Brandon: I’d recommend waiting until you have a working game and then picking an artist who you either a) know personally or b) whose portfolio fits your needs perfectly.

Dylan: This is great point, Brandon: having an existing relationship with the artist (actually, anyone on your team) is really helpful, especially if you plan to work remotely. For us, it was great for us because I had actually worked with Mario before on previous projects. And I already knew how he worked so we had a lot of trust. Trust is important because you should guide your artists but not control them. Listen closely when they aren’t feeling like an idea or direction is going to work. After all, that’s why you’ve hired them: for their expertise and creative vision.

Brandon: Artists love creative freedom. You give them flexible specs and watch them have fun. Correct a little as needed. I’ve seen great results by doing this.

Dylan: I always like to say it’s good to “let others surprise you” but great to “let them surprise themselves”.

Brandon: And yes, yes, yes, please listen to their feedback on visuals. That’s part of the benefit of hiring an artist. And this is so critical art is not only super important to feeling and storytelling, but it’s also a powerful marketing tool anyone can use.

Brandon: War Co. got sold on its art. Byways will probably be the same.

Dylan: Seize the Bean too, by far! And likely our next project for 2018, Towers of the Sun. All three of the artists on those two projects are just amazing. We’re very thankful to be working with them!

 

How do we make the physical experience match the story?

 

Brandon: So let’s say you have a great story that matches your gameplay. Let’s say you have great art, too. A lot of solid games nail these aspects but slip up on components.

Brandon: How do you make sure your storytelling works physically and not just visually or mentally?

Dylan: Honestly, that’s been the hardest and at the same time, the easiest part of Seize the Bean.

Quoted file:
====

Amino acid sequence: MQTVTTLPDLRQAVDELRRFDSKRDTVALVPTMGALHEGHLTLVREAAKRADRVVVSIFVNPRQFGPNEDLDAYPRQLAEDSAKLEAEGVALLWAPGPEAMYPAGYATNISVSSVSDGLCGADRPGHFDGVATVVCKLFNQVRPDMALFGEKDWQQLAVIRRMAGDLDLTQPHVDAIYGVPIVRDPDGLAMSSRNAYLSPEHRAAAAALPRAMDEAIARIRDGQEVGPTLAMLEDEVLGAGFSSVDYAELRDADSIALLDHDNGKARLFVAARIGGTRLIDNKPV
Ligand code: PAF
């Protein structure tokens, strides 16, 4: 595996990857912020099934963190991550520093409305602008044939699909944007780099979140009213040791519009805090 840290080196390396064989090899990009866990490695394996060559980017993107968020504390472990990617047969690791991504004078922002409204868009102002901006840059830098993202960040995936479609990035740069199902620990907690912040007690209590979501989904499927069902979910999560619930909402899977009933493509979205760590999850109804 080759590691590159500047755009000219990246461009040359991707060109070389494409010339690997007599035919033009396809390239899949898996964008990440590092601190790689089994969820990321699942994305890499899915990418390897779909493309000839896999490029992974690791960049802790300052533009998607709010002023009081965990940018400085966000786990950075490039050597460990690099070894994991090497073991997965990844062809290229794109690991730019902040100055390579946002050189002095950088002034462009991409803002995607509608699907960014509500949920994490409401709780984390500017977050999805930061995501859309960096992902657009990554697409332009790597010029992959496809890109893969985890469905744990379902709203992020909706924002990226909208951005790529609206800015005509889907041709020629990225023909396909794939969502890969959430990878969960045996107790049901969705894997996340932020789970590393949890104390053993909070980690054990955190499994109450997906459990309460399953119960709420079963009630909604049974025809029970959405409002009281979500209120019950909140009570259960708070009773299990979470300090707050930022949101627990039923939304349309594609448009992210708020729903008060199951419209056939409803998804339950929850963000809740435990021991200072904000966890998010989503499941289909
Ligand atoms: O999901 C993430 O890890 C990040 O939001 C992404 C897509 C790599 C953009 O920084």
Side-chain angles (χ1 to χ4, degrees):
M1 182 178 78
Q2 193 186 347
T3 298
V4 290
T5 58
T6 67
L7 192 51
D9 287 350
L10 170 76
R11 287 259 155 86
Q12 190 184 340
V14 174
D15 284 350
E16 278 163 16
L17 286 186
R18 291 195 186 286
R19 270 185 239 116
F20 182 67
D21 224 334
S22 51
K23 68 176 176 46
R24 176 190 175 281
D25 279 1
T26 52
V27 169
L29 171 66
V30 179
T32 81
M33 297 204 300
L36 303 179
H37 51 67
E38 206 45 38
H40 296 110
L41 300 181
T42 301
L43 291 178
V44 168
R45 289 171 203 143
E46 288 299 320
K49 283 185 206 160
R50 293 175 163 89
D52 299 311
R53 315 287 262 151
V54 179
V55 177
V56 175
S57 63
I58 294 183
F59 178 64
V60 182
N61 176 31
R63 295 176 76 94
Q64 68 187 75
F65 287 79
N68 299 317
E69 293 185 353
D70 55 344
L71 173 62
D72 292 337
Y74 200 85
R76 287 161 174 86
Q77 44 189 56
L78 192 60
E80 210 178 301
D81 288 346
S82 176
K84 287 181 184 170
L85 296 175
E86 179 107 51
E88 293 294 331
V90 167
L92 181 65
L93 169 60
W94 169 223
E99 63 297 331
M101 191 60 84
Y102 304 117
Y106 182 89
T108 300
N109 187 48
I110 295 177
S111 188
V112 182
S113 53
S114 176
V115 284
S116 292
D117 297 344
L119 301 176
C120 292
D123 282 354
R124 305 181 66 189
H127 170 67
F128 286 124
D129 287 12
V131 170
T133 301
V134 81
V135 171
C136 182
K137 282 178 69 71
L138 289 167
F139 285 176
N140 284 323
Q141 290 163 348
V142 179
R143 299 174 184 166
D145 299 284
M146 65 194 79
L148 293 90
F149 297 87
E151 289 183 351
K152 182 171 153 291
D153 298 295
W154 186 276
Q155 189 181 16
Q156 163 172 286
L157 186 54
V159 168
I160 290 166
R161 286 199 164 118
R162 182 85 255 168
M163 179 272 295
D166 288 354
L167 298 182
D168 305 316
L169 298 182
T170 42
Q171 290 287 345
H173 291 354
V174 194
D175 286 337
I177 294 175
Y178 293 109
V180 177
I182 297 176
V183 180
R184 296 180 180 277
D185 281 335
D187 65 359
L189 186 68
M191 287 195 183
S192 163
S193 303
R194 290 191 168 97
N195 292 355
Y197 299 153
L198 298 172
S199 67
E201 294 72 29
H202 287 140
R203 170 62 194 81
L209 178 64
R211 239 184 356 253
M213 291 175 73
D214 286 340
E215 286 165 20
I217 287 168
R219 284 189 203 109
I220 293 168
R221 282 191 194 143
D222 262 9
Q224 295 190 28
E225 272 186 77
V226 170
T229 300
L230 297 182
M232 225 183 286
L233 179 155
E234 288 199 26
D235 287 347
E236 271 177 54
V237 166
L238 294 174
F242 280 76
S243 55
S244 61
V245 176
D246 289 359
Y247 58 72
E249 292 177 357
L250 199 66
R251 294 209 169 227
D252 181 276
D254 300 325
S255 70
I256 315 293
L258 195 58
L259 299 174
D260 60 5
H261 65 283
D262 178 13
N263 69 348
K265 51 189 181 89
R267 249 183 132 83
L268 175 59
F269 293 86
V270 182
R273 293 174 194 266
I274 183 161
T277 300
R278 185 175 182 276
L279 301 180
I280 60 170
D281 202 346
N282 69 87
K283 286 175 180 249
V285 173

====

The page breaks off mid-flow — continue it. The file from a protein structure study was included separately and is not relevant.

Dylan: Earlier versions were already wrapped in the idea of shop upgrades, coffee blends and various customers; those elements have always been there. But what I refer to as the game scope (whether or not you serve individual customers or a whole pile as a unit, whether you can have more than one shop, whether there is a big city map or a small image of a single café, etc) was unclear. While testing various game scopes and finally settling on the one we have, we noticed that 3D beans were awesome to play with but a pain to count in large quantities.

Dylan: Typically our scope didn’t require pay-out of beans in large quantities but it did often involve the initial purchase of them in large quantities. Therefore the physical, semi-dexterous mechanic (and component) of the scoop was born. As fun and silly as it feels playing with it, it solved a lot of serious physical issues early on. So in this sense, my business partner and fellow game developer, Josh Wilson (who was the one that dreamed up the idea of the scoop), identified the problem (too many things to physically count) and created a solution. The beauty here is the things (the beans) helped tell the story so removing them wasn’t ideal, and the solution he dreamed up also helped further tell the story so this was a win-win situation.